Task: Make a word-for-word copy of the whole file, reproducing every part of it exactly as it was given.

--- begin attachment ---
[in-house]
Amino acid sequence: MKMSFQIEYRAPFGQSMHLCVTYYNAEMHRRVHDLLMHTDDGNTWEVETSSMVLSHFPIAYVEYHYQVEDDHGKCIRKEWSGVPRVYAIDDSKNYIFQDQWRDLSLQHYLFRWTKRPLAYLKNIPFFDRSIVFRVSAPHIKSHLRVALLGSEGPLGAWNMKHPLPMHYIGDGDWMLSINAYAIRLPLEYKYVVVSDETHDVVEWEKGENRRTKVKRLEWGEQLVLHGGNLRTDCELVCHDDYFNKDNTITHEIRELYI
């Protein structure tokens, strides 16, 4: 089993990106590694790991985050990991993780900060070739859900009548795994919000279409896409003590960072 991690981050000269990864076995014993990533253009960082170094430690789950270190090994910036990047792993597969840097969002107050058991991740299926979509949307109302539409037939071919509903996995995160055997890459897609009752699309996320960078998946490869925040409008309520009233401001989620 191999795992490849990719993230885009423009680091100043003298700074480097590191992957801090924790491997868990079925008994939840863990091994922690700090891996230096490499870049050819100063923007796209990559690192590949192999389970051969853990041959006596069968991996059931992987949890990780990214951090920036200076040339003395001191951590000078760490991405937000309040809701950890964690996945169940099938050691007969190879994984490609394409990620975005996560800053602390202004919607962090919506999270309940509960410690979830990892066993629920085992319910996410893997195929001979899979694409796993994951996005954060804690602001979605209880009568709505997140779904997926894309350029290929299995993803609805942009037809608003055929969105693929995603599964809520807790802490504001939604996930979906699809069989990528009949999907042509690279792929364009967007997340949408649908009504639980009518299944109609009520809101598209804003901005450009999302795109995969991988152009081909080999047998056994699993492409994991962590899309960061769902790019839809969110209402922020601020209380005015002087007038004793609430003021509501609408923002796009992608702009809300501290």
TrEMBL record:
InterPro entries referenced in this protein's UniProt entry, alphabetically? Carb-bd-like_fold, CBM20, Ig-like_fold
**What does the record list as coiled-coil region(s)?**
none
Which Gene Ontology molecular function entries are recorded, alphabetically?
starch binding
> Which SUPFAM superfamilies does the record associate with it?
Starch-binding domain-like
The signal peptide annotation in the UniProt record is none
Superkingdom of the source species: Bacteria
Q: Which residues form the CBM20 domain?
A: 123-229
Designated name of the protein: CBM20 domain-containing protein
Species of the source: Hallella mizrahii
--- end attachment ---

[in-house]
Amino acid sequence: MKMSFQIEYRAPFGQSMHLCVTYYNAEMHRRVHDLLMHTDDGNTWEVETSSMVLSHFPIAYVEYHYQVEDDHGKCIRKEWSGVPRVYAIDDSKNYIFQDQWRDLSLQHYLFRWTKRPLAYLKNIPFFDRSIVFRVSAPHIKSHLRVALLGSEGPLGAWNMKHPLPMHYIGDGDWMLSINAYAIRLPLEYKYVVVSDETHDVVEWEKGENRRTKVKRLEWGEQLVLHGGNLRTDCELVCHDDYFNKDNTITHEIRELYI
């Protein structure tokens, strides 16, 4: 089993990106590694790991985050990991993780900060070739859900009548795994919000279409896409003590960072 991690981050000269990864076995014993990533253009960082170094430690789950270190090994910036990047792993597969840097969002107050058991991740299926979509949307109302539409037939071919509903996995995160055997890459897609009752699309996320960078998946490869925040409008309520009233401001989620 191999795992490849990719993230885009423009680091100043003298700074480097590191992957801090924790491997868990079925008994939840863990091994922690700090891996230096490499870049050819100063923007796209990559690192590949192999389970051969853990041959006596069968991996059931992987949890990780990214951090920036200076040339003395001191951590000078760490991405937000309040809701950890964690996945169940099938050691007969190879994984490609394409990620975005996560800053602390202004919607962090919506999270309940509960410690979830990892066993629920085992319910996410893997195929001979899979694409796993994951996005954060804690602001979605209880009568709505997140779904997926894309350029290929299995993803609805942009037809608003055929969105693929995603599964809520807790802490504001939604996930979906699809069989990528009949999907042509690279792929364009967007997340949408649908009504639980009518299944109609009520809101598209804003901005450009999302795109995969991988152009081909080999047998056994699993492409994991962590899309960061769902790019839809969110209402922020601020209380005015002087007038004793609430003021509501609408923002796009992608702009809300501290």
TrEMBL record:
InterPro entries referenced in this protein's UniProt entry, alphabetically? Carb-bd-like_fold, CBM20, Ig-like_fold
**What does the record list as coiled-coil region(s)?**
none
Which Gene Ontology molecular function entries are recorded, alphabetically?
starch binding
> Which SUPFAM superfamilies does the record associate with it?
Starch-binding domain-like
The signal peptide annotation in the UniProt record is none
Superkingdom of the source species: Bacteria
Q: Which residues form the CBM20 domain?
A: 123-229
Designated name of the protein: CBM20 domain-containing protein
Species of the source: Hallella mizrahii